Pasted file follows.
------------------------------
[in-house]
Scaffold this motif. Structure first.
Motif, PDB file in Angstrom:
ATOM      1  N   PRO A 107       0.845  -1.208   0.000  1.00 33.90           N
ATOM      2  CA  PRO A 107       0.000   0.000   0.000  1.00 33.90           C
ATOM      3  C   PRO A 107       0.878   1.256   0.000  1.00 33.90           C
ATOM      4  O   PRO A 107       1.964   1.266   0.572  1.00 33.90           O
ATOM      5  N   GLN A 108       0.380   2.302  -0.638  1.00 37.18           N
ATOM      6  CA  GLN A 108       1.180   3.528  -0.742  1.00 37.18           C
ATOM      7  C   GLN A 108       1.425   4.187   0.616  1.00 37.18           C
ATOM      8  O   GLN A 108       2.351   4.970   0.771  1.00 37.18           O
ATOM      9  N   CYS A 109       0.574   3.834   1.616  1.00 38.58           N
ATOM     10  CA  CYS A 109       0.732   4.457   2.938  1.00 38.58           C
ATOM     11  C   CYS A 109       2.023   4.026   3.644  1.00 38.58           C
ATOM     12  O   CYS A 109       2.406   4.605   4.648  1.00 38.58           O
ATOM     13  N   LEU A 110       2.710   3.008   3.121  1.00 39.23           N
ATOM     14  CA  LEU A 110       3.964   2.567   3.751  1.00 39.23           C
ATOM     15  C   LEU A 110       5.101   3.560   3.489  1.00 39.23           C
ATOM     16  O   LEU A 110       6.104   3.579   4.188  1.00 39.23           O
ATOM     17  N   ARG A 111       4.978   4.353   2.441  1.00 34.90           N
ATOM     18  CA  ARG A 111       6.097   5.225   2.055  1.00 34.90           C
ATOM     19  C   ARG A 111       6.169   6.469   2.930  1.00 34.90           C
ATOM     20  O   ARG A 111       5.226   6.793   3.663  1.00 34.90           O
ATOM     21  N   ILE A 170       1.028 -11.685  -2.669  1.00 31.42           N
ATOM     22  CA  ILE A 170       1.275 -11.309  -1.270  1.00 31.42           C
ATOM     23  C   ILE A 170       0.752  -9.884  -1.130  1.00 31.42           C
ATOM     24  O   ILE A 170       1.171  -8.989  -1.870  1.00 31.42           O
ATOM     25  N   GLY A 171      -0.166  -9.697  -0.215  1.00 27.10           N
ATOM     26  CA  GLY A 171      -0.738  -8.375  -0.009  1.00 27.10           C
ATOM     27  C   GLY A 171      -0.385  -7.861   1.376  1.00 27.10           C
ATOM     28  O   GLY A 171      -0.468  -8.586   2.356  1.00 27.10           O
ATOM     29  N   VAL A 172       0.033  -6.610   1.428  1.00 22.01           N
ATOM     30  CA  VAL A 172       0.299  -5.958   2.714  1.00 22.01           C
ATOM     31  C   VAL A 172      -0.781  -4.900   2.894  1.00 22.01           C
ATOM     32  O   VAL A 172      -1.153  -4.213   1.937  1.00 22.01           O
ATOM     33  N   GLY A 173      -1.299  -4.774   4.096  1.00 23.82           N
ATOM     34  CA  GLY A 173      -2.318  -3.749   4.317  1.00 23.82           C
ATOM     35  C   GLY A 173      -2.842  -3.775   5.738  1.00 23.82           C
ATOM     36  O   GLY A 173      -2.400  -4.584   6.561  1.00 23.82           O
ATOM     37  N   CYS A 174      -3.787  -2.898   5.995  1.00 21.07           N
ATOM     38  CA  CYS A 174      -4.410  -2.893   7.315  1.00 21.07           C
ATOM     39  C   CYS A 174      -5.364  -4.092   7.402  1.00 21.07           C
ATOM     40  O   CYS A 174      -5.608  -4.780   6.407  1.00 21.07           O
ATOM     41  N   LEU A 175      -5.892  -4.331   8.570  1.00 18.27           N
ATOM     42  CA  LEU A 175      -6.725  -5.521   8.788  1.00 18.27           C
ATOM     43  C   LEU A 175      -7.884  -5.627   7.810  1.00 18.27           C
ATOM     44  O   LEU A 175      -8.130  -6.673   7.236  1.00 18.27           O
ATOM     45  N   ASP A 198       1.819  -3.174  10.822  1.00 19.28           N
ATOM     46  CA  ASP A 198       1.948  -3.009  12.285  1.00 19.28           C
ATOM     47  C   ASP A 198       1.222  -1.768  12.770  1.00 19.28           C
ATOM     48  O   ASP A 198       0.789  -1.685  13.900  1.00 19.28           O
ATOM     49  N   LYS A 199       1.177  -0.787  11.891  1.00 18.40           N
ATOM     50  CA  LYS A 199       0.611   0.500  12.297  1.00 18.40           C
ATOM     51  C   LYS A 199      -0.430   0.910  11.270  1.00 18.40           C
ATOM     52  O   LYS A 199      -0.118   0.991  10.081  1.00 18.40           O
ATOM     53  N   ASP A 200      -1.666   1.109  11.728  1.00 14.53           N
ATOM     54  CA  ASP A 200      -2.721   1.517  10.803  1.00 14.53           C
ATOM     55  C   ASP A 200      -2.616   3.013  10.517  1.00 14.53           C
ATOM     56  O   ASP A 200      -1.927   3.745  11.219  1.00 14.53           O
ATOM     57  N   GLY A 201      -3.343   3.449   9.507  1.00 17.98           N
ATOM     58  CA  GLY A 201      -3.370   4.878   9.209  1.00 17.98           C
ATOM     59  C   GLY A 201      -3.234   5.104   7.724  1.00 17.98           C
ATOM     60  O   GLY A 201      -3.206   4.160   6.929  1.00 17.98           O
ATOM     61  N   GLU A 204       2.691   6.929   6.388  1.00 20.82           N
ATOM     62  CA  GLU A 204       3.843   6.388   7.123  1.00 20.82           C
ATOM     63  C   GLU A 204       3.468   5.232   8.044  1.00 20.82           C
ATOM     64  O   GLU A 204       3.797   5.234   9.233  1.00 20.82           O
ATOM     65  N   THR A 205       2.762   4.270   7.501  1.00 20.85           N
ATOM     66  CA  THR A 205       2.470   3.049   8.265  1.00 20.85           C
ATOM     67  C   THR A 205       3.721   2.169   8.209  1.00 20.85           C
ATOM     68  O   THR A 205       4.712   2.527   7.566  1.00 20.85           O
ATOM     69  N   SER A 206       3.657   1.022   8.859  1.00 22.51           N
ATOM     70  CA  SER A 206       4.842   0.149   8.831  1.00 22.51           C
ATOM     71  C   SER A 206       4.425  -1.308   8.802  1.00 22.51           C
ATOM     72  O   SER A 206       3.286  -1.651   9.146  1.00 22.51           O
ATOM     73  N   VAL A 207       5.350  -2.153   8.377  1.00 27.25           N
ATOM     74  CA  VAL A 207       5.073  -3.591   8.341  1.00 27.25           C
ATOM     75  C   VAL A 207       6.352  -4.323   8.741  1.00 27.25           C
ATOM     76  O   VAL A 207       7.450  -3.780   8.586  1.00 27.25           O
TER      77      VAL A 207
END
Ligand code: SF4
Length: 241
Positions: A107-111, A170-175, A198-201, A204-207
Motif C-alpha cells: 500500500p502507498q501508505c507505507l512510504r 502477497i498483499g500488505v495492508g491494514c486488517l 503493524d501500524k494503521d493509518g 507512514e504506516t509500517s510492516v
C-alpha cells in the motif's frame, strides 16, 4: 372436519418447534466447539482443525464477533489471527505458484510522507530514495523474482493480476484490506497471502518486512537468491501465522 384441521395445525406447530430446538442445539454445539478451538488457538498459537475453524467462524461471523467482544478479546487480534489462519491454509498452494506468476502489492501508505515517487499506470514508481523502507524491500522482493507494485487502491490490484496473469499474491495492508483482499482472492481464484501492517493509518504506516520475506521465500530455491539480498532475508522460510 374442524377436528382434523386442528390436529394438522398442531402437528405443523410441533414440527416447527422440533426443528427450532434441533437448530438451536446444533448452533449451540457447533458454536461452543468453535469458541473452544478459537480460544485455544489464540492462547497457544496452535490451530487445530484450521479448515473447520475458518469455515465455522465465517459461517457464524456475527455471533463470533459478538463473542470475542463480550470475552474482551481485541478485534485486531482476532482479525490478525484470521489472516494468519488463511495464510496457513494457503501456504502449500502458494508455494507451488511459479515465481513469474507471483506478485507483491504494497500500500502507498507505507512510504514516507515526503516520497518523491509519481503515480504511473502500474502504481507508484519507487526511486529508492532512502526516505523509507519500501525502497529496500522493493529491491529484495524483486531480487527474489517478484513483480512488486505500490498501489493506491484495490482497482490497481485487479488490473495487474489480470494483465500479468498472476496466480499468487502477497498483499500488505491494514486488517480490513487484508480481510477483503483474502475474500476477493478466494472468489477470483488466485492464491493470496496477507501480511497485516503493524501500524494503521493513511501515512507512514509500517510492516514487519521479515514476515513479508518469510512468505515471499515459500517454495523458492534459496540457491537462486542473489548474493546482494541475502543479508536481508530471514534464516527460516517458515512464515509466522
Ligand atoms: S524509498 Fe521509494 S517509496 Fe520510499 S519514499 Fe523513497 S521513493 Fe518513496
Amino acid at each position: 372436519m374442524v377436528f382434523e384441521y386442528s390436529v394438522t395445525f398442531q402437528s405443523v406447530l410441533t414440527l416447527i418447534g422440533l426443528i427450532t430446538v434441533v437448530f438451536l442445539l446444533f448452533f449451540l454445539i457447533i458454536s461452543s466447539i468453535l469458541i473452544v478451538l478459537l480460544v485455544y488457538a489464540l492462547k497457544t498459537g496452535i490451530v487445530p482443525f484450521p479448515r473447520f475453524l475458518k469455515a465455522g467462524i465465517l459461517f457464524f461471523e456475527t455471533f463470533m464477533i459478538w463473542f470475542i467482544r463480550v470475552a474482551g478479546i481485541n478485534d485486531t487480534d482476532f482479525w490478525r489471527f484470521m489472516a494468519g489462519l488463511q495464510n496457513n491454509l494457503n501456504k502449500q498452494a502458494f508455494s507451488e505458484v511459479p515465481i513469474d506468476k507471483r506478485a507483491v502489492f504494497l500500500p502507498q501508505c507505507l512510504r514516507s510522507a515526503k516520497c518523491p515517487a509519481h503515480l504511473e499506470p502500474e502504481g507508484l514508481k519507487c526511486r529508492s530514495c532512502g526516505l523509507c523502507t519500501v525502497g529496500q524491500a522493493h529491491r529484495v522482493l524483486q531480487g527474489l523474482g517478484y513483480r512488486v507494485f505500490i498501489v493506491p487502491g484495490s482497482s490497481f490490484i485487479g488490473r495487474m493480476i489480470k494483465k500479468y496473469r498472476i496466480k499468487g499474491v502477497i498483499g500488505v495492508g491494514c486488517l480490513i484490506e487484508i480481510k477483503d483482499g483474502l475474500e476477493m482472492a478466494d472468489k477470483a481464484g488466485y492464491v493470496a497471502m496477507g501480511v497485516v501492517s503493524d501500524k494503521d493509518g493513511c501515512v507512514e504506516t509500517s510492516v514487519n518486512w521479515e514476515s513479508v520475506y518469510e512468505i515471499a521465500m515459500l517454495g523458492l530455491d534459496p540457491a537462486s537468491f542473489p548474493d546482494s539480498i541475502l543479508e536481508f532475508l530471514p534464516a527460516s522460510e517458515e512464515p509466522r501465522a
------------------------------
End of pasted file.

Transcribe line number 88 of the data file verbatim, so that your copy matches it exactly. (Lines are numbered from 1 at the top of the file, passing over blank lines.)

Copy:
Amino acid at each position: 372436519m374442524v377436528f382434523e384441521y386442528s390436529v394438522t395445525f398442531q402437528s405443523v406447530l410441533t414440527l416447527i418447534g422440533l426443528i427450532t430446538v434441533v437448530f438451536l442445539l446444533f448452533f449451540l454445539i457447533i458454536s461452543s466447539i468453535l469458541i473452544v478451538l478459537l480460544v485455544y488457538a489464540l492462547k497457544t498459537g496452535i490451530v487445530p482443525f484450521p479448515r473447520f475453524l475458518k469455515a465455522g467462524i465465517l459461517f457464524f461471523e456475527t455471533f463470533m464477533i459478538w463473542f470475542i467482544r463480550v470475552a474482551g478479546i481485541n478485534d485486531t487480534d482476532f482479525w490478525r489471527f484470521m489472516a494468519g489462519l488463511q495464510n496457513n491454509l494457503n501456504k502449500q498452494a502458494f508455494s507451488e505458484v511459479p515465481i513469474d506468476k507471483r506478485a507483491v502489492f504494497l500500500p502507498q501508505c507505507l512510504r514516507s510522507a515526503k516520497c518523491p515517487a509519481h503515480l504511473e499506470p502500474e502504481g507508484l514508481k519507487c526511486r529508492s530514495c532512502g526516505l523509507c523502507t519500501v525502497g529496500q524491500a522493493h529491491r529484495v522482493l524483486q531480487g527474489l523474482g517478484y513483480r512488486v507494485f505500490i498501489v493506491p487502491g484495490s482497482s490497481f490490484i485487479g488490473r495487474m493480476i489480470k494483465k500479468y496473469r498472476i496466480k499468487g499474491v502477497i498483499g500488505v495492508g491494514c486488517l480490513i484490506e487484508i480481510k477483503d483482499g483474502l475474500e476477493m482472492a478466494d472468489k477470483a481464484g488466485y492464491v493470496a497471502m496477507g501480511v497485516v501492517s503493524d501500524k494503521d493509518g493513511c501515512v507512514e504506516t509500517s510492516v514487519n518486512w521479515e514476515s513479508v520475506y518469510e512468505i515471499a521465500m515459500l517454495g523458492l530455491d534459496p540457491a537462486s537468491f542473489p548474493d546482494s539480498i541475502l543479508e536481508f532475508l530471514p534464516a527460516s522460510e517458515e512464515p509466522r501465522a